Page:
Roots and Wood2018-10-18T09:22:50+00:00



The wood carvers of Tikoloshe Afrika do not hesitate to work the hardest wood there is. Therefore they rely on the best tools made of first grade steel and professional quality appliances imported from overseas. Knives are used for fine carving by hand. But most tasks are done by specific carving tools like gouches and rubber hammers. By far the most popular tool is the straight-forward grinding machine. A variety of different grinding heads can be applied to suit the job. Square grinders and drilling machines can be put to good use, too. Finally the carvers work with chainsaws of varying sizes.



Tikoloshe Afrika produces artistic wood sculptures – from ten centimeters to ten meters in size, carved from weathered, dry roots and tree trunks, some of which are thousands of years old. The wood is mostly collected in the semi-desert and northern areas of Namibia. On the following pages we would like to introduce you to a selection of the types of wood we use.


(Colophospermum mopane)/ Omusati

Most of our carvings are made of this wood, very heavy, dark red-brown wood with a yellowish ring on the outside. Weathered, fine outer root structure. The collected root, with its own form, is exported worldwide. It is excellent for flower arrangements and especially as decoration. Because the wood does not get rotten and release any color into the water due to its hardness, it is particularly suitable as ornamental aquarium wood. The water remains crystal clear and the root sinks to the ground due to its weight.


(Combretum imberbe) Omumborombonga

Hereros and Ovambos see the tree as the source of life from which the first humans, cattle, sheep and wild animals originated.
Weight: Exceptionally heavy wood; sinks in water. When you hit a big piece with a hammer, it sounds like metal: Ironwood.
Color: dark brown, outside yellowish-beige.
Growth: Looks dead in dry areas during the winter months, but sprouts again in the rainy season and gets small green leaves.


(Spirostachys africana) / Orupapa

Up to eight meters high, straight growing tree. Tambuti is preferred for fence posts. The wood has a strong, unmistakable smell. Freshly cut, a poisonous, milky juice escapes. The eyes of the carver also begin to water when working on the dry root. Because of the poisonous vapors it is not suitable as barbeque firewood. Tambuti is a heavy, firm wood of medium brown color with a smoky, grey-black grain.

Camel Thorn

(Acacia erioloba) / Omumbonde

Typical Namibian tree (German South West Song). Excellent for smoking and grilling (Braaivleis). Very heavy, brittle wood. Mainly suitable for large and compact carvings. Color: dark red core, light yellow outside, nearly the same like Mopane. All of the wood has an ivory grain.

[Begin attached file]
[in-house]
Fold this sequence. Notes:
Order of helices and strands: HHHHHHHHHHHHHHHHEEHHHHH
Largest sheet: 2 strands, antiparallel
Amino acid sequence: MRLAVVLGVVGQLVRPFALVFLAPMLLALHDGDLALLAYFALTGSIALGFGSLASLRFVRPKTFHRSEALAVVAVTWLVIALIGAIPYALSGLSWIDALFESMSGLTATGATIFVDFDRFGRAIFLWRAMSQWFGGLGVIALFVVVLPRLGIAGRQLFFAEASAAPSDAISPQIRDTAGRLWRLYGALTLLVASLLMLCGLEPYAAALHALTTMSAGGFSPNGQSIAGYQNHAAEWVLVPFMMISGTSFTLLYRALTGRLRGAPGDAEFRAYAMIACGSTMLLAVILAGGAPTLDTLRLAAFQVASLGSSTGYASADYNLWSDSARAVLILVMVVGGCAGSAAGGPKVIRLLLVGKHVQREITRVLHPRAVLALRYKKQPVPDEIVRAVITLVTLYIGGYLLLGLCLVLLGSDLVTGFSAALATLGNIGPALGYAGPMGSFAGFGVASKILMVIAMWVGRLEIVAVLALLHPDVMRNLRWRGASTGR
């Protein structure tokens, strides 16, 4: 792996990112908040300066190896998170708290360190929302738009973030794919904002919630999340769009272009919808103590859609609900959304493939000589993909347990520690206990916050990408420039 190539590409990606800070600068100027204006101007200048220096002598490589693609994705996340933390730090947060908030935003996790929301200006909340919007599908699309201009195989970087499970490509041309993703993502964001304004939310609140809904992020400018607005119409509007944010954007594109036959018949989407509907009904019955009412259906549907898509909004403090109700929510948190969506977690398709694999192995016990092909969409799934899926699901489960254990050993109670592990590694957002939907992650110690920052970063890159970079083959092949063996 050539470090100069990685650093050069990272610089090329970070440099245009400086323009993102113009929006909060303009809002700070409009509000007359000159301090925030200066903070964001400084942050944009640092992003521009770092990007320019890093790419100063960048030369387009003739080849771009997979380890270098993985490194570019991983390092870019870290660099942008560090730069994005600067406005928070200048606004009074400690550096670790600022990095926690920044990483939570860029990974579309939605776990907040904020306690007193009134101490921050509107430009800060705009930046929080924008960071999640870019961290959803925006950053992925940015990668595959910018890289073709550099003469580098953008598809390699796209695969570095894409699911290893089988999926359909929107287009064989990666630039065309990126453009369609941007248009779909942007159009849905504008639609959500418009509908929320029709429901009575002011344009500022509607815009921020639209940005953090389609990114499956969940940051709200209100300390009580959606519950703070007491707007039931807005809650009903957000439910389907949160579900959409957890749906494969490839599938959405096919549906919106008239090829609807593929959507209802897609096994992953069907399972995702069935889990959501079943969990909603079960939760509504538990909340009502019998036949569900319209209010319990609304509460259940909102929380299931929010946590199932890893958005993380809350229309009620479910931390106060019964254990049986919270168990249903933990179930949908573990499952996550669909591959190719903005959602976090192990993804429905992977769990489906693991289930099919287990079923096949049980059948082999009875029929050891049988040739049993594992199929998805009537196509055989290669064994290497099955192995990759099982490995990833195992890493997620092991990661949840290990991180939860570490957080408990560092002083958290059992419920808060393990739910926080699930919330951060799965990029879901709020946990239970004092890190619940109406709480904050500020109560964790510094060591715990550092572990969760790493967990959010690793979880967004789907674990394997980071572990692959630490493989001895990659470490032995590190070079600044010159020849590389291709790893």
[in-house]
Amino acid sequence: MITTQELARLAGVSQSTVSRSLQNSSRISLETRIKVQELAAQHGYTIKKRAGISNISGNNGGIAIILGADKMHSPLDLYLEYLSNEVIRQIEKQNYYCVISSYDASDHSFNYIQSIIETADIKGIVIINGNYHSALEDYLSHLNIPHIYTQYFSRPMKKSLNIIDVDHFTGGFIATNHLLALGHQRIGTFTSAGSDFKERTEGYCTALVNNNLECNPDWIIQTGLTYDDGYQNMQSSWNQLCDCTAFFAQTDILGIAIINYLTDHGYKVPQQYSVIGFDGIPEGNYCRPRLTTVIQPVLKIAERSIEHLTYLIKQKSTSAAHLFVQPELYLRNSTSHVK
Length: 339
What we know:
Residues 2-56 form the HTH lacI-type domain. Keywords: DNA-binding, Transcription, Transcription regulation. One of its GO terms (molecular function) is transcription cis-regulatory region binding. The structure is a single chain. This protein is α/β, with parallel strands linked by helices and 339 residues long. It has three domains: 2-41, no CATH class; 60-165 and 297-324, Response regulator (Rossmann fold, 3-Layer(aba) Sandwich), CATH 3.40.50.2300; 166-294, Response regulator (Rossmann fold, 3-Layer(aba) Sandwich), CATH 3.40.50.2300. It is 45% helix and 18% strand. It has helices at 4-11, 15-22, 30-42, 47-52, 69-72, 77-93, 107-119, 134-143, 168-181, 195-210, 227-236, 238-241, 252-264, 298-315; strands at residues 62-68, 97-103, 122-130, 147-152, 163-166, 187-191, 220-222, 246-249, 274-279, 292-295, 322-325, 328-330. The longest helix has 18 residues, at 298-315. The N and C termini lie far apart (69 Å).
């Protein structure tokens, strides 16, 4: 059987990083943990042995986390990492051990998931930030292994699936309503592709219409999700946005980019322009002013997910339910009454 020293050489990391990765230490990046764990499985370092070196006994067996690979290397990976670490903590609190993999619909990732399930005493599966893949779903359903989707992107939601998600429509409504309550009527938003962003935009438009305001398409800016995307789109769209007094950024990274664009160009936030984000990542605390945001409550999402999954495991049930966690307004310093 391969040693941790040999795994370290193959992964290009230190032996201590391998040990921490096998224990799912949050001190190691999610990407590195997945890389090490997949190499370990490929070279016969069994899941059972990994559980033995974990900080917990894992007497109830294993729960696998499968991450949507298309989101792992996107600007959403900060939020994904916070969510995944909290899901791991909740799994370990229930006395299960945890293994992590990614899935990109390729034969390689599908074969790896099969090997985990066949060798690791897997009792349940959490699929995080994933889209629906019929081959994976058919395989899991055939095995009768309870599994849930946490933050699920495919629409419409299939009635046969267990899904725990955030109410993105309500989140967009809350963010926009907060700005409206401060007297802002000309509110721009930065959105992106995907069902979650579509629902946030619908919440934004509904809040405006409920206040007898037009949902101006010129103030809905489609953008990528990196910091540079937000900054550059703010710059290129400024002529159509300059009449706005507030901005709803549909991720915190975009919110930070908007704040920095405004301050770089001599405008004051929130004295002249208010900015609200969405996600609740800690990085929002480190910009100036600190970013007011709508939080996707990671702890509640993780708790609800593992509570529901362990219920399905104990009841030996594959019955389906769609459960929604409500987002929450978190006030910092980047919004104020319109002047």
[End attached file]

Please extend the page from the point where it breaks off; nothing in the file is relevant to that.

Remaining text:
Mustard Tree

(Salvadora persica) / Kangongo

Also known as curry bush, because the small, slightly orange seeds smell like it and are edible. Color: Red-grey to pink wood with a grey weathered, rough exterior structure. Partially wart-like. Lion bush is a rather soft, light wood, which can also beworked well with a knife.

Worm-cure albizia

(Albizia anthelmintica) / Aru

The finely grated bark is used to treat stomach worms in humans and animals. It is a light yellow wood with a mostly small red core and various red inclusions. Because it is a very soft wood, it’s easy to work with the knife.

Rose Gum


Introduced from Australia for the production of straight, fast-growing wood. Used as support wood in the mine shafts of Tsumeb. Needs a lot of water and is therefore nowadays partly deforested again. Rarely in Australia nowadays, asitis preferably used in furniture processing. Red wood with star-shaped cracks from the centre. Large logs are excellent for groups of chairs, tables and tabletops.

Prosopis Tree

Prosopis (Prosopis chilensis)

Introduced by Mexico because of its nutritious, sweet pods for use mainly as animal feed, especially in dry seasons. The wood is very resistant and an excellent shade. Unfortunately, it displaces the native vegetation. The middle brown core has a strong yellow border. It is a very tough wood and is therefore preferred in America for rifle stocks. Prosopis chilensis was brought from South America to South West Africa in 1912 by the German government botanist Kurt Dinter. It is fought today as well as eucalyptus because of its enormous water consumption.

Tikoloshe Afrika